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Rights, petitions, and more rights

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There it is again, that First Amendment, poking its way again into our serene system of governance. You may recall that Wenatchee and its City Council not long ago were declared poster children among First Amendment right inhibitors for forbidding us to vote on our new red-light auto ticketing machinery. Tim Eyman said this and incidents like it gave him the supreme motivation for devising Initiative 517, on which we are voting now, which he says further enshrines and protects our basic rights.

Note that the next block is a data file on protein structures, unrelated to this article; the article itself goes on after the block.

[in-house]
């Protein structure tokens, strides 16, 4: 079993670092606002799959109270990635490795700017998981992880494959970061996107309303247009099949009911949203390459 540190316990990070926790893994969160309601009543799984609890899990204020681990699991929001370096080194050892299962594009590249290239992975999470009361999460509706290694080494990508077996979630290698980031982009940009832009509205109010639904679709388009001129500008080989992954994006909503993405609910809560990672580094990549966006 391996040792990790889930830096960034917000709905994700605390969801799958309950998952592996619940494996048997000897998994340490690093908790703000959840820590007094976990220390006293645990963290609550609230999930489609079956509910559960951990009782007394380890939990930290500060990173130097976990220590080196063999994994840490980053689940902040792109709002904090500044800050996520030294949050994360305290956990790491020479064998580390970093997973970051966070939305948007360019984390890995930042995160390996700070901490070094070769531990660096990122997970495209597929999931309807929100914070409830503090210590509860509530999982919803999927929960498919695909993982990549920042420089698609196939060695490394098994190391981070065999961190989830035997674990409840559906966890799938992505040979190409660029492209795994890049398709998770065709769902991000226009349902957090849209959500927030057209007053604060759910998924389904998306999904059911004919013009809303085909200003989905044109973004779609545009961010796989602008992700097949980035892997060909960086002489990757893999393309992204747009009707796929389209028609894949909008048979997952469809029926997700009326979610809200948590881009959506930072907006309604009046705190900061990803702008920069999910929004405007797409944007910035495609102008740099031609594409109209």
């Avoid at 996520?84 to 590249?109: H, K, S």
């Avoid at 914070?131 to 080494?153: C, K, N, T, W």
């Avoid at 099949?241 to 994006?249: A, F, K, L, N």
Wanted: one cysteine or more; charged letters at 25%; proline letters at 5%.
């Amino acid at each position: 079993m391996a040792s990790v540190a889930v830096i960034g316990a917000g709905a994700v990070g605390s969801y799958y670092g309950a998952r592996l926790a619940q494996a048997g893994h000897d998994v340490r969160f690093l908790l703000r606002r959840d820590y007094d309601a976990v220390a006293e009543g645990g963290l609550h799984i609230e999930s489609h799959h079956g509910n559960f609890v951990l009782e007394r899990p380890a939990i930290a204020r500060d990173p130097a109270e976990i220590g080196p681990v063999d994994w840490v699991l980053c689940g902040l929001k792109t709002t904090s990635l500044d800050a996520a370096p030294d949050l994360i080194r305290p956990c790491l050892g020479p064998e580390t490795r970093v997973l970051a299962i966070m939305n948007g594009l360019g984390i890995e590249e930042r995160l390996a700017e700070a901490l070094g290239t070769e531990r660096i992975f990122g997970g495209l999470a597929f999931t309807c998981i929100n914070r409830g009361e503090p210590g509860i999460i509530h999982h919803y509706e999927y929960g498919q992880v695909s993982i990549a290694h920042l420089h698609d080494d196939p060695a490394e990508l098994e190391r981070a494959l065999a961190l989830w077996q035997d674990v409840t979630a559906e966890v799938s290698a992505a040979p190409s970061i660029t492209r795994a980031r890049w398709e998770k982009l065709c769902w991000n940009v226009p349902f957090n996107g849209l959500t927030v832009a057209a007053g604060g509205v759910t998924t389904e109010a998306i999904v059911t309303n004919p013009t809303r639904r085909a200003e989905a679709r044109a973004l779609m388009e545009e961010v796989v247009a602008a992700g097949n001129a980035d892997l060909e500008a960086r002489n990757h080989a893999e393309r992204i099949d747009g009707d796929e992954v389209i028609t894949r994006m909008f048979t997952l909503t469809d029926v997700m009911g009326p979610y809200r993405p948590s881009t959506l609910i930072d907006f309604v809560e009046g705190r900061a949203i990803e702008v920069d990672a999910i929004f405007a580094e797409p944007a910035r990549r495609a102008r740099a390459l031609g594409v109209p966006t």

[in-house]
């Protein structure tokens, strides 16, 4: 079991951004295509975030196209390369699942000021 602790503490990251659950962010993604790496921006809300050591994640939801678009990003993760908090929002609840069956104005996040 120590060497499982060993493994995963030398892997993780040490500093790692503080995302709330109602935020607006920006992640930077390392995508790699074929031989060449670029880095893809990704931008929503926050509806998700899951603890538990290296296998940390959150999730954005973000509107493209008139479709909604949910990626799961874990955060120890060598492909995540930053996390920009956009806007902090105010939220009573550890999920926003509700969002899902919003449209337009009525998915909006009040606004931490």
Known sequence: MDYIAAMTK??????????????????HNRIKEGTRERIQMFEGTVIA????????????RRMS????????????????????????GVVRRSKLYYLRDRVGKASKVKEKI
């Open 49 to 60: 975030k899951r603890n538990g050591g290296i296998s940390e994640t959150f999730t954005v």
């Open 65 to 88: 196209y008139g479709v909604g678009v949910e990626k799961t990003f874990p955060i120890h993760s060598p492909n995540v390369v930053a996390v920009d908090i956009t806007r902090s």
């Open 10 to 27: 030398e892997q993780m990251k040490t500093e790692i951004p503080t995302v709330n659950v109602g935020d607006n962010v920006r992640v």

You may remember from eighth-grade civics, it’s the First Amendment that has the list. These rights are so fundamental that everybody has them, automatically, by virtue of being a human being. These rights aren’t granted by the government. Governments grant privileges; rights come with you when you are born. It’s a hazy distinction between rights that shall not be abridged, and privileges granted a favored class, that cloud up Initiative 517. Remember, the First Amendment protects freedom of speech, the press, and religion, and we talk about those all the time. Tucked in the back are two more — the right to peaceably assemble, and to “petition the government for a redress of grievances.”

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